COMMERCE, Ga. - A fatal accident at the SK Battery plant last fall has led to a legal fight affecting the future of the dead man’s family.
The question: was it Cameron Bell’s fault? Or is someone else to blame?
"He fought for safety," remembered Daniella Mejia. "That was his major concern."
Mejia and Bell lived together in Houston, Texas. They shared a 10-year-old son.
In October 2020, Bell signed on with MMR Constructors, a Louisiana-based subcontractor helping to build the $2.6 billion battery plant in Jackson County.
MMR was handling some of the electrical work. Bell became a crew supervisor.
The couple had been following online the FOX 5 I-Team’s investigation into safety concerns at SK, but still decided Bell needed the work.
"We knew it was unsafe but we both lost our jobs due to COVID, so it was just kind of like let’s just try to get some financial stability before Christmas," said Mejia.
Workers with other subcontractors had already filed complaints with OSHA claiming safety violations. Then the falls started.
This SK worker had to be hospitalized after falling through a ceiling in September 2020. He would not be the last.
On September 19, a worker had to be hospitalized after falling through a ceiling.
On October 23, Bell texted video to Mejia of another worker who fell through the ceiling of the cavernous Formation Building. His harness saved him from landing an estimated 65 feet on the concrete below.
"He sent me that video," remembered Mejia. "I texted him and said, ‘Oh My God, please don’t die.’"
In October 2020, this SK worker's safety harness saved him from serious injury after falling through a ceiling in the Formation Building.
But just 12 days later, on November 4, 2020, she would get a call that Bell was in the hospital. He had also fallen through the ceiling in that same building. But unlike that video he had texted, Bell’s safety harness was not attached. Bell landed on another worker who also had to be hospitalized.
But on November 16, Bell would be pronounced dead at the Northeast Georgia Medical Center in Gainesville. He never regained consciousness.
Commerce police and fire responded to Bell's accident November 4, but the Houston, TX man would never recover. He was pronounced dead 12 days later. (Commerce police bodycam)
Workers’ compensation benefits typically pay $675 a week until the child turns 18. They can stretch to 21 if the child goes to college. But MMR is fighting this claim, arguing Georgia doesn’t recognize common law marriage, and since he didn’t tie off his harness, the accident was Bell’s fault.
Here’s why Mejia’s attorneys say it wasn’t.
"There’s only so many places you can tie off on to avoid falling through," explained Bruce Carraway, an Atlanta labor attorney. "There were too many people up in this area. And if there are too many people in that area, they can’t safely tie off and they’re more likely to fall through a hole."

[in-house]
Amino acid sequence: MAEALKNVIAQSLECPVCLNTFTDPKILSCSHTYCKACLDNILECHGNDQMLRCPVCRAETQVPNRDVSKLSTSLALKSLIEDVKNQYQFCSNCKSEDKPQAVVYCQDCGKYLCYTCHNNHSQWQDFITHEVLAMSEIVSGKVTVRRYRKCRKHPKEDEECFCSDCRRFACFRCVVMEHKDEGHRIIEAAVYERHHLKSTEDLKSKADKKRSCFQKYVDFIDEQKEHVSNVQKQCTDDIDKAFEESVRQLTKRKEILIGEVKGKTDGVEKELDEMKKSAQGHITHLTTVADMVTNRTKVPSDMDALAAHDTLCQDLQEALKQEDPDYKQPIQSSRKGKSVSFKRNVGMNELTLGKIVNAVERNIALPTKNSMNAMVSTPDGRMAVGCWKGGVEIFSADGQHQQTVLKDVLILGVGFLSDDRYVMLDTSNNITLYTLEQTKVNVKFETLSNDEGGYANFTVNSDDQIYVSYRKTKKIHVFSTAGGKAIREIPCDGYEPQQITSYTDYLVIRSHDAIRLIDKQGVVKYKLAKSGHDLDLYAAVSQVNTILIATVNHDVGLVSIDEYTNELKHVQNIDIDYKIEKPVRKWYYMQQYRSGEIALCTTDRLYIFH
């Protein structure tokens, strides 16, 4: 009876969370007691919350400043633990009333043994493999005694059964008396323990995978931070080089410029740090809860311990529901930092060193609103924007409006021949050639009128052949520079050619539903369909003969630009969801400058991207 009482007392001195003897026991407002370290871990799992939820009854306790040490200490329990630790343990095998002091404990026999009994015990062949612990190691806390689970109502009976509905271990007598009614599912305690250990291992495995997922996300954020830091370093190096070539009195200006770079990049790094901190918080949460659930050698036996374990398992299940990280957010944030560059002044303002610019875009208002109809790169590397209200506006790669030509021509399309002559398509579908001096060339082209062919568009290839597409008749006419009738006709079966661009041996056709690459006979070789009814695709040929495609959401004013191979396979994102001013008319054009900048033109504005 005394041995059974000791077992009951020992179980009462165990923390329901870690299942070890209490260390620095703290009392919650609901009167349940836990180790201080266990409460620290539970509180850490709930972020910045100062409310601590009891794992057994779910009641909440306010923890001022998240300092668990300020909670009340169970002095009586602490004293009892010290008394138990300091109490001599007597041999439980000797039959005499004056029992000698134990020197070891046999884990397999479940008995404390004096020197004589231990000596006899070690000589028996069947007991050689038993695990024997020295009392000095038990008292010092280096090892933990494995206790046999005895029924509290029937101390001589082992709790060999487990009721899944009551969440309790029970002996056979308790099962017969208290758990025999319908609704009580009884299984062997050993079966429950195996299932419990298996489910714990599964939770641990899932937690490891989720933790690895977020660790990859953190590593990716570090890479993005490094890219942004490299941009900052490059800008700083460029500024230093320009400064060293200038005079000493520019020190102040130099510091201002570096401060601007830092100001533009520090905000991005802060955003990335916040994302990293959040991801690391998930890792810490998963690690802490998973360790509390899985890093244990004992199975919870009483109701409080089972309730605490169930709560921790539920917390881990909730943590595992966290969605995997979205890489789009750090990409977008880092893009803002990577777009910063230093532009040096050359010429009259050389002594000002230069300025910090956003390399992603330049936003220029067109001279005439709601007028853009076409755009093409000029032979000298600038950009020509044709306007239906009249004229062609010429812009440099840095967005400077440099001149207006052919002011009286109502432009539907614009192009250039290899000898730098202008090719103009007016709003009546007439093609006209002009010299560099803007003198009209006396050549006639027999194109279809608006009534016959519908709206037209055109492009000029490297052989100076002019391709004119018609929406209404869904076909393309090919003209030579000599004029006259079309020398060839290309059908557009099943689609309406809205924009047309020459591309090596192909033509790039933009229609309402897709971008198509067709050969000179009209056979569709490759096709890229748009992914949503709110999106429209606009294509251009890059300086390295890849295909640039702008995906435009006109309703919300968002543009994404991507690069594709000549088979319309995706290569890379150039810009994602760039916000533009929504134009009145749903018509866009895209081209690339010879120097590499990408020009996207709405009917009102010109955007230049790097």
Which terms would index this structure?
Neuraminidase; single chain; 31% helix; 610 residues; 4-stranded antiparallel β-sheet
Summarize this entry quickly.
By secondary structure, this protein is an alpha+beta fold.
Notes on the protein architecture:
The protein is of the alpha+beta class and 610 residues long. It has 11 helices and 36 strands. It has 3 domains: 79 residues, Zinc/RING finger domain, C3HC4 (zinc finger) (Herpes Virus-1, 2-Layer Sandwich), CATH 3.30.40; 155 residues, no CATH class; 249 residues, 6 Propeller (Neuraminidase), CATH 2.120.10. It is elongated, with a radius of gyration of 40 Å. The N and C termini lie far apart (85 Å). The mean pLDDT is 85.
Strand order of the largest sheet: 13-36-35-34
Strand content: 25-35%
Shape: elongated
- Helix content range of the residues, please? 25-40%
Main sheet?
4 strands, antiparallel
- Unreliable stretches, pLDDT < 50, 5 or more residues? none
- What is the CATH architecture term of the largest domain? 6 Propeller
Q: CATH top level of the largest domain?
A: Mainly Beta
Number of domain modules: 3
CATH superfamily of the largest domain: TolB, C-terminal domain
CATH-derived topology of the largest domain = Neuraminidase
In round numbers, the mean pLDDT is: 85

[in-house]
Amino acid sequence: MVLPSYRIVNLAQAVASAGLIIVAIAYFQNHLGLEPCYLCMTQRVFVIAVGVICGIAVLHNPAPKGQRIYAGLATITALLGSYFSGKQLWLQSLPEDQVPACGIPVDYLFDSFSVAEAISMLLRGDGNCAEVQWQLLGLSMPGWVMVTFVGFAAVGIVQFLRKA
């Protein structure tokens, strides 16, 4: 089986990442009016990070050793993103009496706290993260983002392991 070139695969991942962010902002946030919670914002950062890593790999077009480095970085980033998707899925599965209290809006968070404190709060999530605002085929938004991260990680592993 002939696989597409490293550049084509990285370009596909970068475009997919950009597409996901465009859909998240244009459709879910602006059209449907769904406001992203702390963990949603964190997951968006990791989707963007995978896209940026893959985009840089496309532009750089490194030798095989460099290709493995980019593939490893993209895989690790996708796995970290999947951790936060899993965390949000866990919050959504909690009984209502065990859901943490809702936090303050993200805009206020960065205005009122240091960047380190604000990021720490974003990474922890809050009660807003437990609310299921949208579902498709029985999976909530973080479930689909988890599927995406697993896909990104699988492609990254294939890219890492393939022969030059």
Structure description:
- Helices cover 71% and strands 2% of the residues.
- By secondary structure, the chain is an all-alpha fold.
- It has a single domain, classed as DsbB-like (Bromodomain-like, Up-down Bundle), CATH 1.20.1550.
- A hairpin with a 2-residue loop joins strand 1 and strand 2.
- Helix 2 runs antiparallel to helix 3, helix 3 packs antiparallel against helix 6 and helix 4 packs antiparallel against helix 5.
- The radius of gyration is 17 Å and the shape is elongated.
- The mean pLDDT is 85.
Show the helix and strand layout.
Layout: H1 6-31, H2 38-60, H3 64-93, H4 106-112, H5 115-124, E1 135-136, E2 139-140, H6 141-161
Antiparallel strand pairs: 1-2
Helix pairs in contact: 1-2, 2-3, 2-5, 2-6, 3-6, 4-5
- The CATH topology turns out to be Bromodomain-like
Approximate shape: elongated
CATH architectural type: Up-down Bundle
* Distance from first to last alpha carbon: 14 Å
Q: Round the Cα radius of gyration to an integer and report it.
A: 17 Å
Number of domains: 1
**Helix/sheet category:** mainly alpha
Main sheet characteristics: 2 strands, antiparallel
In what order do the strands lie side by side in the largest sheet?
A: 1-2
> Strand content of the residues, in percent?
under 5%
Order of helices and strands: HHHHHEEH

The Occupational Safety and Health Administration investigated the accident and determined MMR had committed "serious" violations involving fall protection. OSHA proposed a fine of $27,306.
MMR offered no comment to the FOX 5 I-Team about the OSHA fine or its refusal to pay Bell’s widow and son.
Two months before Bell's death a safety officer for another SK contractor complained to OSHA about "fall hazards." He said OSHA never responded. (Photo from Daniella Mejia)
Two months before Bell’s death, a safety officer for another subcontractor warned OSHA about workers "exposed to fall hazards… mainly work being performed above various areas of ceiling grid not designed to be walked on."
"They’re sacrificing people’s safety for production," Kimel Brantley told us last summer. He complained to OSHA that SK and its subcontractors cut safety corners to get work completed on schedule.
Despite his specific allegations and his standing as a safety officer, Brantley said no one from OSHA ever responded. When we asked why, OSHA didn’t respond to our questions either.
"It’s a perfect storm for the nightmare to occur," said labor attorney David Moscowitz who is also representing Daniella Mejia. "They’re trying to build this as quick and fast as possible with as many workers as possible without taking the precautions necessary to take care of folks."
Cameron Bell's widow is suing SK Battery, accusing the company of ignoring safety concerns that led to her common law husband's death.
Because Georgia law doesn’t allow you to sue your employer for wrongful death, Bell’s widow is also going after SK Battery itself.
Her lawsuit accuses SK of committing a long list of safety violations, including "failing to create and/or enforce safety rules and guidelines."
An example of the safety harness clip that was not tied off when Cameron Bell slipped through the ceiling November 4, 2020.
In its response, SK wrote, "The negligence of Cameron Bell is the sole cause of some, or all, the damages alleged by Plaintiff in this action."
Mejia believes what happened to her husband was preventable. And not his fault.
"That blows my mind because he had been at other jobs for years and never had an incident," she said. "And here he can’t even complete a month without… dying."
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